June 17 -More than 4,000 people have fled villages near Kandahar in southern Afghanistan after Taliban forces destroyed bridges and laid mines in a major show of force.

In anticipation of a Taliban attack, the Afghan army today flew four planeloads of soldiers to Kandahar from the capital, Kabul. Canadian forces have also moved in to the region...

Thousands have fled the area, said Sardar Muhammad, a police officer manning a checkpoint on the east side of the Arghandab river. Police stopped and searched every person passing on the road. On the west side of the river, hundreds of Taliban controlled around nine or 10 villages, Muhammad said...

One of the Afghans fleeing Arghandab said families were being forced out just as grape groves needed harvesting, meaning financial ruin for thousands. Haji Ibrahim Khan said Taliban fighters were moving through several Arghandab villages with weapons on their shoulders, planting mines and destroying small bridges.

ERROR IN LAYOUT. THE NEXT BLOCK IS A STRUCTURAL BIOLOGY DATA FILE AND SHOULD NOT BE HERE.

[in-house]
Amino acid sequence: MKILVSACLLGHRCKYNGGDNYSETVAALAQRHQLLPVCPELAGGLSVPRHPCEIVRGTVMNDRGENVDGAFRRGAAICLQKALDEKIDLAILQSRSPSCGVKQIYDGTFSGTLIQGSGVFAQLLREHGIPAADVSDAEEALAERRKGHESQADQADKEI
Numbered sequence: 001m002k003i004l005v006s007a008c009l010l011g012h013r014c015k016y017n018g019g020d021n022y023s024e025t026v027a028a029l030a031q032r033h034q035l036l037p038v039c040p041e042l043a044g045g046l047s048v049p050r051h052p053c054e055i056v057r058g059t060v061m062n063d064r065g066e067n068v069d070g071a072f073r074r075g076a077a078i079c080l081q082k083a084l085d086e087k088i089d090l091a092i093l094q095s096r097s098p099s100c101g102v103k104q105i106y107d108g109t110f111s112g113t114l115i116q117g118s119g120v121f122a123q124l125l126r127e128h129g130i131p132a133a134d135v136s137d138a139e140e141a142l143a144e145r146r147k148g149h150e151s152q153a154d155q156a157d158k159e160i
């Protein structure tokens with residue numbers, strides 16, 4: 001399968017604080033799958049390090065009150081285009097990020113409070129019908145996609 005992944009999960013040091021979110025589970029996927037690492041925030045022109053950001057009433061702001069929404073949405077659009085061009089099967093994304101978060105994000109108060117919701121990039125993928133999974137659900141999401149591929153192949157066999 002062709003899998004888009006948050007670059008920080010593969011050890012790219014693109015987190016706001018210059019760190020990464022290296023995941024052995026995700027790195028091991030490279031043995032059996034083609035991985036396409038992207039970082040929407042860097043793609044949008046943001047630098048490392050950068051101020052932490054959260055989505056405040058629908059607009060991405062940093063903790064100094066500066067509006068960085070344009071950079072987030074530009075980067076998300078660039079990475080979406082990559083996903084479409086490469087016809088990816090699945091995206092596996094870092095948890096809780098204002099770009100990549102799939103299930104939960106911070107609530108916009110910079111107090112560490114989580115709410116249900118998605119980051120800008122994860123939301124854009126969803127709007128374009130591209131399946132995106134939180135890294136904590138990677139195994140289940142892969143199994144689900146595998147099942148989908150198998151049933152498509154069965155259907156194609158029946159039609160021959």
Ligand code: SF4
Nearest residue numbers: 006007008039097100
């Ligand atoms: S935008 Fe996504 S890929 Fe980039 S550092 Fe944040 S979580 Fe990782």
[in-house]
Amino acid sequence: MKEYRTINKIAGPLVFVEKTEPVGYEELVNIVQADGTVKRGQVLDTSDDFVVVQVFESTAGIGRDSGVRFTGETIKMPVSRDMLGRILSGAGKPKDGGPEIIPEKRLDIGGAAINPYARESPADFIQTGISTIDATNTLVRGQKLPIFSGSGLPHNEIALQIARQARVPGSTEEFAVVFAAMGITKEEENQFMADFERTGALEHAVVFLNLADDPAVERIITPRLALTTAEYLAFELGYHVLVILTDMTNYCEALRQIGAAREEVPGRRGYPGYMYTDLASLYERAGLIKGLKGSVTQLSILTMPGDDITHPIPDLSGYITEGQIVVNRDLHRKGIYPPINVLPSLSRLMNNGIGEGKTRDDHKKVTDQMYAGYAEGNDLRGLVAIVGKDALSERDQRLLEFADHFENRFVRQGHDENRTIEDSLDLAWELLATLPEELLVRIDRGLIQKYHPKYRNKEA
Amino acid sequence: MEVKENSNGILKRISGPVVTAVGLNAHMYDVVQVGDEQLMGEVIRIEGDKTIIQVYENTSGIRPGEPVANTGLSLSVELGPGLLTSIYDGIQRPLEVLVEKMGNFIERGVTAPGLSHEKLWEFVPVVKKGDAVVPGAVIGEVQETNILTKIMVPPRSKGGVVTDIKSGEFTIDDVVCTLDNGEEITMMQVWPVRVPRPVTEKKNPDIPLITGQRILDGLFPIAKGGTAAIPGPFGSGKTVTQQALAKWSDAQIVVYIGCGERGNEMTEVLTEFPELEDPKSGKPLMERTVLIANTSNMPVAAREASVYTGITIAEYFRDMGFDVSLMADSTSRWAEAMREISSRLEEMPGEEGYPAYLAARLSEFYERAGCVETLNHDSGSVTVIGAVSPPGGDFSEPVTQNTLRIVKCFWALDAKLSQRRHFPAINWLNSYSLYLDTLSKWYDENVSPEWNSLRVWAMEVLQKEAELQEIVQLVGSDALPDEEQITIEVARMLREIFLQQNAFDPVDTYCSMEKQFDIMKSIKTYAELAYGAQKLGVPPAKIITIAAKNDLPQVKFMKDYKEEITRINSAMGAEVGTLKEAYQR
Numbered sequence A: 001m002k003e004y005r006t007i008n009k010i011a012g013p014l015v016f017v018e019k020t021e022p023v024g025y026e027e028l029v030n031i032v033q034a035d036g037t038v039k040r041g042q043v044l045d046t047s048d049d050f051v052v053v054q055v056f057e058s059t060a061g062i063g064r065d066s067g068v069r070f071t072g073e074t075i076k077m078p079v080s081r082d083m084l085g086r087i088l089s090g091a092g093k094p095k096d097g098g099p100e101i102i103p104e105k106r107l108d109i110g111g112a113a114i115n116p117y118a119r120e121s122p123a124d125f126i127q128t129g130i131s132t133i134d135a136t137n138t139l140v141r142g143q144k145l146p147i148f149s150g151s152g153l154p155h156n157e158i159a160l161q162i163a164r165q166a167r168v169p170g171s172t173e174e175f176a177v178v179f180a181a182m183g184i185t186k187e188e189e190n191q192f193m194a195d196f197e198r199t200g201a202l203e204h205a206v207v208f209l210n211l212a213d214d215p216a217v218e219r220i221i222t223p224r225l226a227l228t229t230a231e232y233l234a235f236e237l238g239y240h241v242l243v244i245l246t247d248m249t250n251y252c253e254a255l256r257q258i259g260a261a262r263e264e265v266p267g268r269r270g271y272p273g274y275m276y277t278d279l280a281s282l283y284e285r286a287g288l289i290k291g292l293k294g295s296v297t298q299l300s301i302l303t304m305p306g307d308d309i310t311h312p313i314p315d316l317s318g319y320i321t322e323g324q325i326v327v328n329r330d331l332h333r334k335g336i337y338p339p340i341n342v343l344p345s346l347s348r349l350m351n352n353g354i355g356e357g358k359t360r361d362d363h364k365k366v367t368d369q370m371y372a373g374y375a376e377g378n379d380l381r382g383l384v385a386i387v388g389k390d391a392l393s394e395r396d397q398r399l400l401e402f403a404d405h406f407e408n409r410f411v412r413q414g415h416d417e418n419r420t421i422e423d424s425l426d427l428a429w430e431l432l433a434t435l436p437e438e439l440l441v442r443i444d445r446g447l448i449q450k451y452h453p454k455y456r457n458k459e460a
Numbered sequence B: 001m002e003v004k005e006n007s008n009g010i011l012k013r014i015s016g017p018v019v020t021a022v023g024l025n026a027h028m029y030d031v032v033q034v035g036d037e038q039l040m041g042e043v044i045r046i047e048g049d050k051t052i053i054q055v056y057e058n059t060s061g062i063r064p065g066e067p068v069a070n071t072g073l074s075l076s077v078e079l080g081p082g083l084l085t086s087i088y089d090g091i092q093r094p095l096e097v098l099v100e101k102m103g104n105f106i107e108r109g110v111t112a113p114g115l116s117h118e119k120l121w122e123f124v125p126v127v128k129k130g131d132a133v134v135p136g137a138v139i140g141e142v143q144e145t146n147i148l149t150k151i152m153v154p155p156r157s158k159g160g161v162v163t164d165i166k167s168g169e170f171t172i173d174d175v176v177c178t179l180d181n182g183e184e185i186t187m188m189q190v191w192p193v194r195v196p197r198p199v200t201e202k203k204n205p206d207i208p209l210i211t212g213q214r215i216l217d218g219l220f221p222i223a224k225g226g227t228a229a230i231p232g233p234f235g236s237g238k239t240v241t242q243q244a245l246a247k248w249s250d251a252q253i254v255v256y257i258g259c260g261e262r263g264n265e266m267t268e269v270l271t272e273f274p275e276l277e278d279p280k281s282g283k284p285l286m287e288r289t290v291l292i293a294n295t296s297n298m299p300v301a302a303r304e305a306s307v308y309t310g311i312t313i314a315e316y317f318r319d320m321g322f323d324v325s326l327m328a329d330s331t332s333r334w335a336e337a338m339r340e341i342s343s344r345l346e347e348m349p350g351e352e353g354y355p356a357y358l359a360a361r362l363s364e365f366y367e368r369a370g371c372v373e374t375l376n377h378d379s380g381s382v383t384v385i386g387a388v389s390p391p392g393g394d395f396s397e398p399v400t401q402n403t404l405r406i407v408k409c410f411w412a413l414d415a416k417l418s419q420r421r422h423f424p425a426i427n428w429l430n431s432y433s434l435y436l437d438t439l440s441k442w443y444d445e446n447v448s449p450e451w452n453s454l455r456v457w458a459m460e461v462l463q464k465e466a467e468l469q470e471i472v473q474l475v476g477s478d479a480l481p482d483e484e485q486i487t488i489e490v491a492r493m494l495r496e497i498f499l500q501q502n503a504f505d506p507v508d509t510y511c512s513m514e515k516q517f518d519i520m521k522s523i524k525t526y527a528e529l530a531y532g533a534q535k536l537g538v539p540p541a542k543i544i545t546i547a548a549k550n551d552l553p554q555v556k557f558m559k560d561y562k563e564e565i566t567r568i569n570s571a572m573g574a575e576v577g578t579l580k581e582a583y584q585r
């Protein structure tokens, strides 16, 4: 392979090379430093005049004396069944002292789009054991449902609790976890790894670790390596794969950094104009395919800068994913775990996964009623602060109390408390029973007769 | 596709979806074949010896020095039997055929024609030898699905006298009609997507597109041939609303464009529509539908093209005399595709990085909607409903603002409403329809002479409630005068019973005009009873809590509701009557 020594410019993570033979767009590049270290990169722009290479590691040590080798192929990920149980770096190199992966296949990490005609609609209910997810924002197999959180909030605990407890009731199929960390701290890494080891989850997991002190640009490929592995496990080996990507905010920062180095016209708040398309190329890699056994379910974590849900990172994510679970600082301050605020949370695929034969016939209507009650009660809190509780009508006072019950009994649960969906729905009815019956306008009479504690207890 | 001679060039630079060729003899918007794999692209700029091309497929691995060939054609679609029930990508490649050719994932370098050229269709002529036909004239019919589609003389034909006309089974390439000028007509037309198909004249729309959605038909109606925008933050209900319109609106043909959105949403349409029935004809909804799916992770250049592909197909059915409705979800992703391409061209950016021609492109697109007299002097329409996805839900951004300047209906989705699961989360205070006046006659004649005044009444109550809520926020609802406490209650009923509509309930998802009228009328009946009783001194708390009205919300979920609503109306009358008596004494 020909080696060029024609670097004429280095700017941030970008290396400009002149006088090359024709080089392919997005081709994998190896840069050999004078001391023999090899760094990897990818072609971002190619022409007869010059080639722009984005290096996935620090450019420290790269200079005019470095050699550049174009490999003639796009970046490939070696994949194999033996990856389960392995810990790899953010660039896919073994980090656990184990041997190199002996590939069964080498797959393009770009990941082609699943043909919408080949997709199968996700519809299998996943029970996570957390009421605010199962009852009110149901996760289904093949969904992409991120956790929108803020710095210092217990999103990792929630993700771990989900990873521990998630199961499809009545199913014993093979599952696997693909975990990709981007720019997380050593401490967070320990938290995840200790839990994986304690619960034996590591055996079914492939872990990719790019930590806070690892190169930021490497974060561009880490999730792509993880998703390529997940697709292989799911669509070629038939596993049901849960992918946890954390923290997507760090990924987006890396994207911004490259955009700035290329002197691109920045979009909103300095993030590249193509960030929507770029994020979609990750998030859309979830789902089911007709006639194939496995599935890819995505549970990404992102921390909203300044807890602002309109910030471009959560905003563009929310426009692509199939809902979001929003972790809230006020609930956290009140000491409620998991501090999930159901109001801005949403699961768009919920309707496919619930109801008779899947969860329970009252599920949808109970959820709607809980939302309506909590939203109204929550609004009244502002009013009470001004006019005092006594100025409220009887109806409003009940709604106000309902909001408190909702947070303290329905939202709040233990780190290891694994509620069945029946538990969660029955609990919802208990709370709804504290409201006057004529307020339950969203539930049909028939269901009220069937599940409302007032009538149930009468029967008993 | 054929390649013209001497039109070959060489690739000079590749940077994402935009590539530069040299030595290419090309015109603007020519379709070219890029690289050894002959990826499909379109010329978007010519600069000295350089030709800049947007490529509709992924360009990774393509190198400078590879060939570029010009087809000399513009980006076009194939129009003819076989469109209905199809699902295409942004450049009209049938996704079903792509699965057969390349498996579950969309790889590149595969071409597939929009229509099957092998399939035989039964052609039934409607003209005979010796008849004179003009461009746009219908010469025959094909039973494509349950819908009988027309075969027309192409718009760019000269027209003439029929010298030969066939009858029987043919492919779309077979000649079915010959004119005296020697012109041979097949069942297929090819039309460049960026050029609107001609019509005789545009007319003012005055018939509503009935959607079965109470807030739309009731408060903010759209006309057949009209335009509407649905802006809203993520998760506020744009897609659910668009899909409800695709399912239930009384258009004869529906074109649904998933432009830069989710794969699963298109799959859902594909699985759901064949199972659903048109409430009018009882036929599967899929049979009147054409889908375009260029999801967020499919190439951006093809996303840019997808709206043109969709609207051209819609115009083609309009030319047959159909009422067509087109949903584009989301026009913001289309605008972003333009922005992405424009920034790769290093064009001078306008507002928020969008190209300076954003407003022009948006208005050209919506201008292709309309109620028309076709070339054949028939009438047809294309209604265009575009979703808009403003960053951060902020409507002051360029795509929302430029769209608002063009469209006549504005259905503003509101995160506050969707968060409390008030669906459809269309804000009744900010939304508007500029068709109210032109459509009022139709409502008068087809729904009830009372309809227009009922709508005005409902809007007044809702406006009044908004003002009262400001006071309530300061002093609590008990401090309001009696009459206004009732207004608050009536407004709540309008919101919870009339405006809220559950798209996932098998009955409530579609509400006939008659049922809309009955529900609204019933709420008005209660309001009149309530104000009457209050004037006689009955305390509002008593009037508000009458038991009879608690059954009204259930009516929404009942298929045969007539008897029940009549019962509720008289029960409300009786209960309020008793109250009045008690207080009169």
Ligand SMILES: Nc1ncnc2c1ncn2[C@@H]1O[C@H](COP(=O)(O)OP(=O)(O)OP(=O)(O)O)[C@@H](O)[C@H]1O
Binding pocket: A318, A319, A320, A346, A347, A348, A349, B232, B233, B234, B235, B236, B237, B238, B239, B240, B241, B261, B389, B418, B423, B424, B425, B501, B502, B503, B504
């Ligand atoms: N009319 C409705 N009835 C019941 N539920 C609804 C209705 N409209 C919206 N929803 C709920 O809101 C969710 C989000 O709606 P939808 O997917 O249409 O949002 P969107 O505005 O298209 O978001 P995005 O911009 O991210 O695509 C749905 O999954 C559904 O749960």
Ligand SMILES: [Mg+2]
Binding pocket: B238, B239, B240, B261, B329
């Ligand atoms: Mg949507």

"They told us to leave the area within 24 hours because they want to fight foreign and Afghan troops," Khan said. "But within a week we should be harvesting, and we were expecting a good one. Now with this fighting we are deeply worried the grapes are the only source of income we have." ... (link)
But NATO claims otherwise:
NATO's International Security Assistance Force and the U.S.-led coalition offered a strikingly different picture of the Arghandab region than the one portrayed by Afghan officials. The U.S.-led coalition said in a statement that it had sent a patrol through Arghandab that met no resistance. (link)